Brain shrinks, stroke risk rises in smokers
BY DR. MAHA ALATTAR
We know that smoking tobacco increases a person’s risk of cancer, heart attacks and strokes. But what do we know about how much harm smoking does to the brain?
Way back in 1848, The Boston Medical and Surgical Journal described tobacco as a “Passage of an Iron Rod Through The Head.” This statement is not an exaggeration when we consider the devastating effects of smoking on the brain.
Consider what’s inside a cigarette. Tobacco is only one of many ingredients. To create a cigarette’s taste, artificial flavorings are added. Other chemicals are added to make cigarettes burn longer. Of the 4,000 chemicals found in a cigarette, about 50 are carcinogenic. The rest are plain poisonous.
A 2000 report by toxicologist Jefferson Fowles and scientist Michael Bates of New Zealand lists the chemical constituents in cigarettes. They include:
- arsenic (found in rat poison)
- cyanide (a deadly poison)
- ammonia (in cleaning supplies)
- sulfuric acid (in car batteries)
- DDT (insecticide).
The three most common chemicals are carbon monoxide (car exhaust), tar (makes roads and blackens the lungs), and nicotine (used in bug spray). It is hard to imagine anyone wanting to contaminate their brains with these chemicals and poisons.
The brain is a wonderful creation—it loves, imagines, plans, makes beautiful poetry and invents iPhones. To function, it needs a large supply of blood flow to feed its 100 billion neurons. Carbon monoxide, a toxic gas in cigarette smoke, interferes with oxygen flow in the blood’s arteries.
Carbon monoxide levels are significantly higher in the blood of smokers; a 2004 study published in Radiotherapy and Oncology found that carbon monoxide decreased the oxygen-carrying ability of red blood cells in smokers compared to nonsmokers.
WHAT TOBACCO DOES
Besides cutting off blood supply, tobacco has a compound that causes inflammation by attacking healthy nerve cells, a process that causes further damage, according to 2009 research published in the Journal of Neurochemistry.
Tobacco damages the basic structure of the brain and alters its chemistry. Therefore, humans’ greatest asset take a hit.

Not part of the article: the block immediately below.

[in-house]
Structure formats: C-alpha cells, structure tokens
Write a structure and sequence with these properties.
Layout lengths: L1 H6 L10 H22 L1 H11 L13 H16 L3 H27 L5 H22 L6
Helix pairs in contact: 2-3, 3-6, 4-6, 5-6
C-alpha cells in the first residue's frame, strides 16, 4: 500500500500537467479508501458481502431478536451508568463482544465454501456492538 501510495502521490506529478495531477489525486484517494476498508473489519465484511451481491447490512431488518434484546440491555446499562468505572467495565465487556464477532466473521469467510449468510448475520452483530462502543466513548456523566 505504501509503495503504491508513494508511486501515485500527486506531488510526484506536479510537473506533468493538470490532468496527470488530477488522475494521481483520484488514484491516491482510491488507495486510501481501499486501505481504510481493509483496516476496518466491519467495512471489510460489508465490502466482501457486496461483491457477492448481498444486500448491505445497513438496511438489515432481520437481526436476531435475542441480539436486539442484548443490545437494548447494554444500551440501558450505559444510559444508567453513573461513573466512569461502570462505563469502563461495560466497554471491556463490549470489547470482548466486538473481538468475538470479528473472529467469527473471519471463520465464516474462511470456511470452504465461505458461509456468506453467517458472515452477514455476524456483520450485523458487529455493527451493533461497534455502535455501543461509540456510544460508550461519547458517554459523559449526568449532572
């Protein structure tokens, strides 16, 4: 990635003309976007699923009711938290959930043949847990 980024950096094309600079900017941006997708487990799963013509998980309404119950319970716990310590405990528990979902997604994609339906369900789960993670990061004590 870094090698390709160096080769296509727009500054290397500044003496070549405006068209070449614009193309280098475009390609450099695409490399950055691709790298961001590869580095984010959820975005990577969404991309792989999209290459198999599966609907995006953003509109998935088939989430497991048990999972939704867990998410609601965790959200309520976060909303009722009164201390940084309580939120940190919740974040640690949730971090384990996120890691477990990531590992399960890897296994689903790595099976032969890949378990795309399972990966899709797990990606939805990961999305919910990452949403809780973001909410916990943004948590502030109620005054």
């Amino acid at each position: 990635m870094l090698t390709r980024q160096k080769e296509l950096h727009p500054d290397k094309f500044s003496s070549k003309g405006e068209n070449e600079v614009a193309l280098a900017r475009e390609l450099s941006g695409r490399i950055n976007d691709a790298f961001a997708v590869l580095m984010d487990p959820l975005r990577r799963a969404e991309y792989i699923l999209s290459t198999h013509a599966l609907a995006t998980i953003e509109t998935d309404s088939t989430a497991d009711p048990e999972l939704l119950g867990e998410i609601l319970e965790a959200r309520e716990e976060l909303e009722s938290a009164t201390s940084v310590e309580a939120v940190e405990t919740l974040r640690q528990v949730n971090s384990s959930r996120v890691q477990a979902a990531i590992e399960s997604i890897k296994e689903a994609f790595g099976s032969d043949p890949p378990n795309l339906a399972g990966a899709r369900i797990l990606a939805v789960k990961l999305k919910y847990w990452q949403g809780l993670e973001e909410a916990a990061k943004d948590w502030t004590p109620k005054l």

In smokers, we see a decline in memory, verbal and mathematical capabilities. We also see diminished attention and reasoning, plus problems with mood control.
This cognitive decline is a double-edged sword, as it disables the smoker’s ability to calculate and reason that the odds are against them—smoking causes cancer, for example. Others around them are, of course, fully aware of the risks.
Smoking shrinks the brain through the gradual destruction of neurons and their connections. What that means for a young person who smokes is a lower intelligence quotient (IQ).
This effect of smoking on IQ was confirmed by a large study of men between the ages of 18-21, published in the 2010 February issue of Addiction.
In the later years of adulthood, smoking continues to shrink the brain and contributes to dementia. Several studies indicate that chronic smoking leads to an increased risk for different types of dementia, especially Alzheimer’s.
In fact, smoking accelerates brain aging. A study from the Netherlands, published in the journal Neurology in 1999, showed that the risk of Alzheimer’s dementia was significantly higher in smokers, especially in men, than in non-smokers.
On a hopeful note, the study also showed that previous smokers who quit had a slight reduction it the risk of Alzheimer’s dementia.
Because of modern technology, we can now look at pictures of smokers’ brains. What MRIs of a smoker’s brain show us is atrophy—the brain shrinks in volume and density. In fact, studies show that smokers have a smaller volume of gray matter and density in the pre-frontal cortex.
The more packs of cigarettes a person smokes, the worse the loss of brain matter, according to a study done at the Veterans Affairs in Los Angeles and published in the 2004 January issue of Biological Psychiatry.
Gray matter is crucial. It’s home to the neurons that help you make straight As in school and come up with smart ideas in your career.
Another risk of smoking: It more than doubles the risk of having a brain hemorrhage, according to a study published in Stroke in 2003.
Smoking also doubles the risk of having a stroke, which is like a heart attack of the brain. It happens when normal blood flow to the brain is interrupted either because of a clot or because a blood vessel breaks.
Strokes can cause death, and they can cause debilitating problems. The risk of stroke increases with the number of cigarettes smoked, according to the Framingham Heart Study, published in the Journal of the American Medical Association in 1988.
On a hopeful note, stroke risk decreased significantly after two years of quitting and by five years, the risk had dropped to the level of non-smokers.
There are some things in life worth the pleasure. Others are not. If you smoke, ask yourself: Is this worth it?
SIDEBAR: SMOKING FACTS, HELP
Tobacco use is responsible for about 443,000 deaths—about one in five—each year in the United States, according to the Centers for Disease Control and Prevention report. Nearly 20 percent of American adults smoke.
If you smoke, consider connecting with a smoking cessation group at Mary Washington Hospital. The group meets every Thursday 7–8 p.m. in a private dining room in the hospital’s cafeteria area.
At meetings, you can speak with a specialist to develop a plan for quitting and meet others going through the quitting process. Call 540/741-1404 for more details. Help is also available through the Quit Now Virginia helpline: 800/784-8669.
Dr. Maha Alattar is a board-certified neurologist and sleep specialist. She also is the director of the Mary Washington Healthcare stroke program. You can contact her at Sleep Medicine Specialists in Fredericksburg at 540/741-7846.